Financials and Cash Flow

Business budgeting: Four simple steps

Learn how to create – and stick to – a budget with these quick tips.

Published: August 09, 2016

Having a good grip on your finances, as well as a regular budgeting process, is essential to helping your business flourish. That's why it's smart to prioritize these tasks from the get-go.

Follow these four steps to create and follow through on a budget.

Step #1: Assemble your tools

First and foremost, determine which tools you want to use for your budgeting process. You can purchase a digital accounting package like QuickBooks or Xero, or you can rely on a good old-fashioned pencil and paper. If you opt for accounting software, consider what additional services you may want to use it for: Do you want to process payroll? Do you want to have the ability to prepare taxes? You can also visit the Wells Fargo Business Plan Center, which offers a budgeting tool to help you flesh out the financial component of your business plan.

Step #2: Prepare your budget documents

Get started by printing your income statements (also known as profit-and-loss or P&L statements) from the last two years. If you don't have them, find your income tax returns, which usually include income statements prepared by your CPA or tax accountant.

Step #3: Project sales and expenses

Use your past statements as a starting point to project future profits. Carefully review both sides of the profit coin: sales and expenses.

Sales: There are two ways to approach the sales line of your budget:

  1. Set a sales goal, and work from there.

  2. Fill in all your projected costs, and determine what sales number you will have to reach in order to cover costs and reach your desired profit.

Either way is OK. If you start with the sales goal, and later find yourself unable to cover all your expenses, you can shift your sales target accordingly. Remember, your budget is a projection. It's what you would like to achieve, but you may be able to adjust it.

Expenses: Be realistic when estimating your costs. You should account for everything: securing real estate, financing equipment, building your inventory, and paying for the smaller day-to-day items. Reference your income statement, tax returns and check register to see how much you have spent on expenses in the past.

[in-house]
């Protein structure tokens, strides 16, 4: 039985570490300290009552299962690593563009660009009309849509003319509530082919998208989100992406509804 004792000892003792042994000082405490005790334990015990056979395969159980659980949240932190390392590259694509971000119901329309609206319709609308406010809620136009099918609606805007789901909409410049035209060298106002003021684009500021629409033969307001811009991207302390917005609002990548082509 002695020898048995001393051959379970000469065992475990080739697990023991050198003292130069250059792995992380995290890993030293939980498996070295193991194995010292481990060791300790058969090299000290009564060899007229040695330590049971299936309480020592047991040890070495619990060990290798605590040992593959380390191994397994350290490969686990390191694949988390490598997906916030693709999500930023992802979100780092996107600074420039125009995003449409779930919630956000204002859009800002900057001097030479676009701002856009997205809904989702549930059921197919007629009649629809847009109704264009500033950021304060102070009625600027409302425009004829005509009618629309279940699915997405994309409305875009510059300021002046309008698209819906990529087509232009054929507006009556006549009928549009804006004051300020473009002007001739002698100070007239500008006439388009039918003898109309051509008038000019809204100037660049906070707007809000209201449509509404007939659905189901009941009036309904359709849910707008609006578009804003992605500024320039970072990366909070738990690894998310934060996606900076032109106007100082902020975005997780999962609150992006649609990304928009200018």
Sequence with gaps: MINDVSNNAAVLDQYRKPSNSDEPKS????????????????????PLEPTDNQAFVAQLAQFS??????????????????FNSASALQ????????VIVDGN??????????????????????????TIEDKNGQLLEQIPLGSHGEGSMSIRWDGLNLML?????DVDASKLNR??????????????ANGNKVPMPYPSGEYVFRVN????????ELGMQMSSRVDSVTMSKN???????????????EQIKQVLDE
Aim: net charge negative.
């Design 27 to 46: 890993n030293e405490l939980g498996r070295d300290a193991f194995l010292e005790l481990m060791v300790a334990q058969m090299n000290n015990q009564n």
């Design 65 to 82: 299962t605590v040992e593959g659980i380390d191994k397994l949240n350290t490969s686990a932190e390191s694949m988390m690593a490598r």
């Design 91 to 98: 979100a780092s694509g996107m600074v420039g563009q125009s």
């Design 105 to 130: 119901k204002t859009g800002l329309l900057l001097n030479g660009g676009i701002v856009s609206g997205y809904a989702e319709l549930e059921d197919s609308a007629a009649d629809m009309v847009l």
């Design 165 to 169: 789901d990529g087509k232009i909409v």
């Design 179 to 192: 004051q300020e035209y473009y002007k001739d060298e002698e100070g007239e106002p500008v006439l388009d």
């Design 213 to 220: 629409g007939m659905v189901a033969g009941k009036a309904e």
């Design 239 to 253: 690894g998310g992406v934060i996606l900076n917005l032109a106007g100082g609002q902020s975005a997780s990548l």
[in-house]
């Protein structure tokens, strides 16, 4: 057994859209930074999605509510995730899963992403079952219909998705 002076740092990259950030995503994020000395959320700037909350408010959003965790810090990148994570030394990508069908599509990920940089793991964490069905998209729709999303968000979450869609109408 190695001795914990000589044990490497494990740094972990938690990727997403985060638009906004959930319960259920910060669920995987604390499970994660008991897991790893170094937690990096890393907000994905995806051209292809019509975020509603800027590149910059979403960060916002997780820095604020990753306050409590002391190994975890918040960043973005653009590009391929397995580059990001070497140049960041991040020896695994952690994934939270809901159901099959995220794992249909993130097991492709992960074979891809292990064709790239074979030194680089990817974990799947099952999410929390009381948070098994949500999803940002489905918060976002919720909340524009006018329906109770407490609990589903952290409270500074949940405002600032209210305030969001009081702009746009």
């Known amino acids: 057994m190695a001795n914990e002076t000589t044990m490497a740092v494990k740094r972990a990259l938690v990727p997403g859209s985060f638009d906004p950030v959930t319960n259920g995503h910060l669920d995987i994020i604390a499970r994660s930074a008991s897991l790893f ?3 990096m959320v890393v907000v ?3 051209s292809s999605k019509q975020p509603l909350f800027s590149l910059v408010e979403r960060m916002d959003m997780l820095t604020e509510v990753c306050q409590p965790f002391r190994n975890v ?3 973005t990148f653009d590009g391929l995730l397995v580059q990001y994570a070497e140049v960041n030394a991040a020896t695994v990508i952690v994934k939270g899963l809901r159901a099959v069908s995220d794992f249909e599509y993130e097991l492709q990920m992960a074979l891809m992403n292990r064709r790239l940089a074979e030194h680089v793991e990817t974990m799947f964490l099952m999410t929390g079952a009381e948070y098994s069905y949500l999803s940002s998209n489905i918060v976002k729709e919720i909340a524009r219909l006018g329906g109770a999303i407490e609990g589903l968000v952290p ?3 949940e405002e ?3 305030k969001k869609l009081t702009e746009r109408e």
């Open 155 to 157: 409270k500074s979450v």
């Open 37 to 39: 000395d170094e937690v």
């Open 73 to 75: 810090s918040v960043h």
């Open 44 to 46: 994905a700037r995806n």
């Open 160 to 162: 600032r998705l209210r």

Create a few versions of your budget. Have a plan in place for what you'll do with extra cash should you find yourself with a surplus at the end of the budget period, as well as a strategy for how you'll manage in case you experience lower sales.

You can project your budget one month at a time, or for a whole year. Then compare actual performance to budgeted numbers on a week-by-week basis.

Step #4: Track your progress

A well-crafted budget can be a powerful way to set – and reach – your goals. Each week, compare your actual financial performance to your objectives. Consider recruiting an employee or a business-minded friend to review with you: Two sets of eyes will catch more math errors, and two brains will help you think through your assumptions better than one.

If you discover an issue, you can determine what action to take to resolve it. Play offense, and consider what you can do to increase sales. Play defense, and manage expenses so you can make a profit with the sales you have, even if you don't hit the budgeted goals. By taking charge of your budget, you maintain control of your business's financial health – and its future.